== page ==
SYS-CON Events announced today that Alert Logic, Inc., the leading provider of Security-as-a-Service solutions for the cloud, will exhibit at SYS-CON's 18th International Cloud Expo®, which will take place on June 7-9, 2016, at the Javits Center in New York City, NY. Alert Logic, Inc., provides Security-as-a-Service for on-premises, cloud, and hybrid infrastructures, delivering deep security insight and continuous protection for customers at a lower cost than traditional security solutions. Ful...
Nov. 24, 2015 02:15 PM EST Reads: 257
The Internet of Things (IoT) is growing rapidly by extending current technologies, products and networks. By 2020, Cisco estimates there will be 50 billion connected devices. Gartner has forecast revenues of over $300 billion, just to IoT suppliers. Now is the time to figure out how you’ll make money – not just create innovative products. With hundreds of new products and companies jumping into the IoT fray every month, there’s no shortage of innovation. Despite this, McKinsey/VisionMobile data...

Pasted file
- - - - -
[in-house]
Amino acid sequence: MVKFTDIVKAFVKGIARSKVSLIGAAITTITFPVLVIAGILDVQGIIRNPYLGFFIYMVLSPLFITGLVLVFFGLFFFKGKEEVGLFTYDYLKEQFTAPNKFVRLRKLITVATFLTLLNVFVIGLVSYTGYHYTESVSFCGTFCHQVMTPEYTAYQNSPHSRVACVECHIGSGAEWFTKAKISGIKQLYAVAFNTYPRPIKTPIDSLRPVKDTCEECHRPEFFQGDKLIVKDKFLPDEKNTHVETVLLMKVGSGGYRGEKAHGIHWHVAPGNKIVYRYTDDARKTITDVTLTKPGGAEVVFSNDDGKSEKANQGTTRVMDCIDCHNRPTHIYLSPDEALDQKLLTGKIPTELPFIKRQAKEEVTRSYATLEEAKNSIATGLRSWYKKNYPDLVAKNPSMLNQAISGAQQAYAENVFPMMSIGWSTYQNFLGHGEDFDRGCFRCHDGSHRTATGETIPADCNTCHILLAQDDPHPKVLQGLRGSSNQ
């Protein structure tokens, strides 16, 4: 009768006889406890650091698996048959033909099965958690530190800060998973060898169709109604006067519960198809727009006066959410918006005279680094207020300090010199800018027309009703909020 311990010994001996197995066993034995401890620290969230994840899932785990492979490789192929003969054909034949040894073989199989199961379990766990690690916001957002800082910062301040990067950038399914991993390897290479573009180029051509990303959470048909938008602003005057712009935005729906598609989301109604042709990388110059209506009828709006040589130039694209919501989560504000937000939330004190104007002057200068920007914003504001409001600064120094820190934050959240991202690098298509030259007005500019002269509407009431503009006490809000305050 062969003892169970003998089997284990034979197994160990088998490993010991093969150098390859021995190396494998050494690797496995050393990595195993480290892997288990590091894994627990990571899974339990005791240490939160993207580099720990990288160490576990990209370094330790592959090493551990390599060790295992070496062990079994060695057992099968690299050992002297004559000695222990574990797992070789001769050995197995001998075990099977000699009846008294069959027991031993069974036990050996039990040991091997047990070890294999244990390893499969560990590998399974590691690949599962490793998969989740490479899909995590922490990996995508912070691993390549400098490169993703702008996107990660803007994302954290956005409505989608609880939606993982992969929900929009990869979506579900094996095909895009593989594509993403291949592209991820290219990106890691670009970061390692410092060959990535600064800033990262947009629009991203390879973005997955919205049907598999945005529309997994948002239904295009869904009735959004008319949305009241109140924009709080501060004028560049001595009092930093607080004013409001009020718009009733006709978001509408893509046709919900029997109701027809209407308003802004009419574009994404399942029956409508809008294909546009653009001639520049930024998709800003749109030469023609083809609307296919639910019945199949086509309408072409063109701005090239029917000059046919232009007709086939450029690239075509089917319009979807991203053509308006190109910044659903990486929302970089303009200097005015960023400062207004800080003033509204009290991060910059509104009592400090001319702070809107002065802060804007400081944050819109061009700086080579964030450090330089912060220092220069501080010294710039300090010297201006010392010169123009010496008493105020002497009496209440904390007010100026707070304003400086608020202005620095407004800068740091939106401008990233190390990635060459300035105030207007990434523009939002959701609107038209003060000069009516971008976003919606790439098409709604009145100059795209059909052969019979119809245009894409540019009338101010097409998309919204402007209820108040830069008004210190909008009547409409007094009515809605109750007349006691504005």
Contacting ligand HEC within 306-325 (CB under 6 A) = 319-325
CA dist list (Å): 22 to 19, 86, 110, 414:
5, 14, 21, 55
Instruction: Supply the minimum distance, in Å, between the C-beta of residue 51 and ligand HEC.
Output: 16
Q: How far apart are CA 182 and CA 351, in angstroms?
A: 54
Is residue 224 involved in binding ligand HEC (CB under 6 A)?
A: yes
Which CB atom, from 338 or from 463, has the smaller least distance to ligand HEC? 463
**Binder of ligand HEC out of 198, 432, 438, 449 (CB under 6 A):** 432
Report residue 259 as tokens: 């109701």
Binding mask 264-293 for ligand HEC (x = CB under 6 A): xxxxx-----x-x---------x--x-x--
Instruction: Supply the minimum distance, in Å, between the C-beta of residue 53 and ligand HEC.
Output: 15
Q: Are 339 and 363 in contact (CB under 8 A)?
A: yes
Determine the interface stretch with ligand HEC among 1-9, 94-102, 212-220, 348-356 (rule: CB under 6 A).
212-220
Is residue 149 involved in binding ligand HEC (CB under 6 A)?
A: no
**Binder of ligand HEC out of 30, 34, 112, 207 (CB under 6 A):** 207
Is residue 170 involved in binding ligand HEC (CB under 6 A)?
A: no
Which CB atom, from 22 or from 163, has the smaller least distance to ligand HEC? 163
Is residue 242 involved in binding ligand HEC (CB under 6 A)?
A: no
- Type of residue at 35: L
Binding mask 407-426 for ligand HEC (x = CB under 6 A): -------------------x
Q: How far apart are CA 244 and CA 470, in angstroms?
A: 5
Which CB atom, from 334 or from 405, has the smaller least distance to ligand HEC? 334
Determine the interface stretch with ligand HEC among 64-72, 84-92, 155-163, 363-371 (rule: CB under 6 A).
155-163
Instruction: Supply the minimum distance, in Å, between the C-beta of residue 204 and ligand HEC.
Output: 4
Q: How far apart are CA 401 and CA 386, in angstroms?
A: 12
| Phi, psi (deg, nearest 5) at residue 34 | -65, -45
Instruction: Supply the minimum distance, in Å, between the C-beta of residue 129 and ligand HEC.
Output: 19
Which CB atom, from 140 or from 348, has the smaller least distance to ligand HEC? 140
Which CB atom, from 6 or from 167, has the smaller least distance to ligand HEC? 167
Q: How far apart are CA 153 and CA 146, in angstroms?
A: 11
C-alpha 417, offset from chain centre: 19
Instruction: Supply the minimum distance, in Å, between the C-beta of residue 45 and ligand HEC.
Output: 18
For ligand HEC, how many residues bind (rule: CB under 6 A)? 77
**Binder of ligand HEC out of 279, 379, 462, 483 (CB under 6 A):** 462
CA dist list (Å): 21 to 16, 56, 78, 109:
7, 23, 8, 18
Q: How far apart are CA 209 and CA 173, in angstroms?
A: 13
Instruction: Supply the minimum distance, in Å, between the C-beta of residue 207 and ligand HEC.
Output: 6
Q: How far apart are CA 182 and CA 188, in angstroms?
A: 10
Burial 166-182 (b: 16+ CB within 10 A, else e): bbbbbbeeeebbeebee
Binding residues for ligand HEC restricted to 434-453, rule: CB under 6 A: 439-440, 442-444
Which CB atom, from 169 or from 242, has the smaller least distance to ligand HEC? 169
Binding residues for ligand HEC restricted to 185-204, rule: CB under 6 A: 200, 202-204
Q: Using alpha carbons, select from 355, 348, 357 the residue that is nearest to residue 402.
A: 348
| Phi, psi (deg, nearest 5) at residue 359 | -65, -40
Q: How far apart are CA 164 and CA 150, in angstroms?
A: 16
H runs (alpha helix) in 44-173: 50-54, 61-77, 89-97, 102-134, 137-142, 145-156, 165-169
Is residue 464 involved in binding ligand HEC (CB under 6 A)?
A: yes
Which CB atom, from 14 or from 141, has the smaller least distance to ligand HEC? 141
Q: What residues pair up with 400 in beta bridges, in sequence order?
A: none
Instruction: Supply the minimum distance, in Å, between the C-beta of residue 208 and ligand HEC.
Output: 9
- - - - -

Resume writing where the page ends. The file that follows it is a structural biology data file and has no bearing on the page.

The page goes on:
Nov. 24, 2015 02:00 PM EST Reads: 416
As organizations realize the scope of the Internet of Things, gaining key insights from Big Data, through the use of advanced analytics, becomes crucial. However, IoT also creates the need for petabyte scale storage of data from millions of devices. A new type of Storage is required which seamlessly integrates robust data analytics with massive scale. These storage systems will act as “smart systems” provide in-place analytics that speed discovery and enable businesses to quickly derive meaningf...
Nov. 24, 2015 01:45 PM EST Reads: 334
Internet of @ThingsExpo, taking place June 7-9, 2016 at Javits Center, New York City and Nov 1-3, 2016, at the Santa Clara Convention Center in Santa Clara, CA, is co-located with the 18th International @CloudExpo and will feature technical sessions from a rock star conference faculty and the leading industry players in the world and ThingsExpo New York Call for Papers is now open.
Nov. 24, 2015 01:30 PM EST Reads: 487
We all know that data growth is exploding and storage budgets are shrinking. Instead of showing you charts on about how much data there is, in his General Session at 17th Cloud Expo, Scott Cleland, Senior Director of Product Marketing at HGST, showed how to capture all of your data in one place. After you have your data under control, you can then analyze it in one place, saving time and resources.